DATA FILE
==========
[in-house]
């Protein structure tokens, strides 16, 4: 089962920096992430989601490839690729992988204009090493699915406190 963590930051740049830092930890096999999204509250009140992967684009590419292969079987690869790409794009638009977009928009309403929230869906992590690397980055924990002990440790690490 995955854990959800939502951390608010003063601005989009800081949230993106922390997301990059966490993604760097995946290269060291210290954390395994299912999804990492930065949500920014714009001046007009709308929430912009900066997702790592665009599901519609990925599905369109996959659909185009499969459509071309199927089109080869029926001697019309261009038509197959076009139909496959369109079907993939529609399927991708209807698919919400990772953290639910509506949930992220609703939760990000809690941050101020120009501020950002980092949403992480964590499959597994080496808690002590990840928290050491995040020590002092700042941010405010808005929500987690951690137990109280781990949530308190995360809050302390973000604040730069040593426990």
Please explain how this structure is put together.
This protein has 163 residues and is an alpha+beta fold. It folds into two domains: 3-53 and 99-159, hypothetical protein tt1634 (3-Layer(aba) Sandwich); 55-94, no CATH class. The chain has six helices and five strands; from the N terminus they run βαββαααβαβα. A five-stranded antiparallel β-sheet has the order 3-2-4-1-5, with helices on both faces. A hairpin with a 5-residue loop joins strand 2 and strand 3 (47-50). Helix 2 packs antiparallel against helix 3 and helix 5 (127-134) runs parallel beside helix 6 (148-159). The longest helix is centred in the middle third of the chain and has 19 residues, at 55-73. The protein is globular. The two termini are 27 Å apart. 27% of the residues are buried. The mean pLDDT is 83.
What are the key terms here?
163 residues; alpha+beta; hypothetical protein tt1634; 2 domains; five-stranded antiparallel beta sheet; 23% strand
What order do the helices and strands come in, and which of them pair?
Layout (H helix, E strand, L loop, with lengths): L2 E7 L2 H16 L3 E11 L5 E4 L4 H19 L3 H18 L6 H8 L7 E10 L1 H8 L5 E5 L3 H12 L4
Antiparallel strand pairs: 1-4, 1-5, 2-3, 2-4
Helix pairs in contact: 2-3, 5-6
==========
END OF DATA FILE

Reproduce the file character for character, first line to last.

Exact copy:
[in-house]
């Protein structure tokens, strides 16, 4: 089962920096992430989601490839690729992988204009090493699915406190 963590930051740049830092930890096999999204509250009140992967684009590419292969079987690869790409794009638009977009928009309403929230869906992590690397980055924990002990440790690490 995955854990959800939502951390608010003063601005989009800081949230993106922390997301990059966490993604760097995946290269060291210290954390395994299912999804990492930065949500920014714009001046007009709308929430912009900066997702790592665009599901519609990925599905369109996959659909185009499969459509071309199927089109080869029926001697019309261009038509197959076009139909496959369109079907993939529609399927991708209807698919919400990772953290639910509506949930992220609703939760990000809690941050101020120009501020950002980092949403992480964590499959597994080496808690002590990840928290050491995040020590002092700042941010405010808005929500987690951690137990109280781990949530308190995360809050302390973000604040730069040593426990």
Please explain how this structure is put together.
This protein has 163 residues and is an alpha+beta fold. It folds into two domains: 3-53 and 99-159, hypothetical protein tt1634 (3-Layer(aba) Sandwich); 55-94, no CATH class. The chain has six helices and five strands; from the N terminus they run βαββαααβαβα. A five-stranded antiparallel β-sheet has the order 3-2-4-1-5, with helices on both faces. A hairpin with a 5-residue loop joins strand 2 and strand 3 (47-50). Helix 2 packs antiparallel against helix 3 and helix 5 (127-134) runs parallel beside helix 6 (148-159). The longest helix is centred in the middle third of the chain and has 19 residues, at 55-73. The protein is globular. The two termini are 27 Å apart. 27% of the residues are buried. The mean pLDDT is 83.
What are the key terms here?
163 residues; alpha+beta; hypothetical protein tt1634; 2 domains; five-stranded antiparallel beta sheet; 23% strand
What order do the helices and strands come in, and which of them pair?
Layout (H helix, E strand, L loop, with lengths): L2 E7 L2 H16 L3 E11 L5 E4 L4 H19 L3 H18 L6 H8 L7 E10 L1 H8 L5 E5 L3 H12 L4
Antiparallel strand pairs: 1-4, 1-5, 2-3, 2-4
Helix pairs in contact: 2-3, 5-6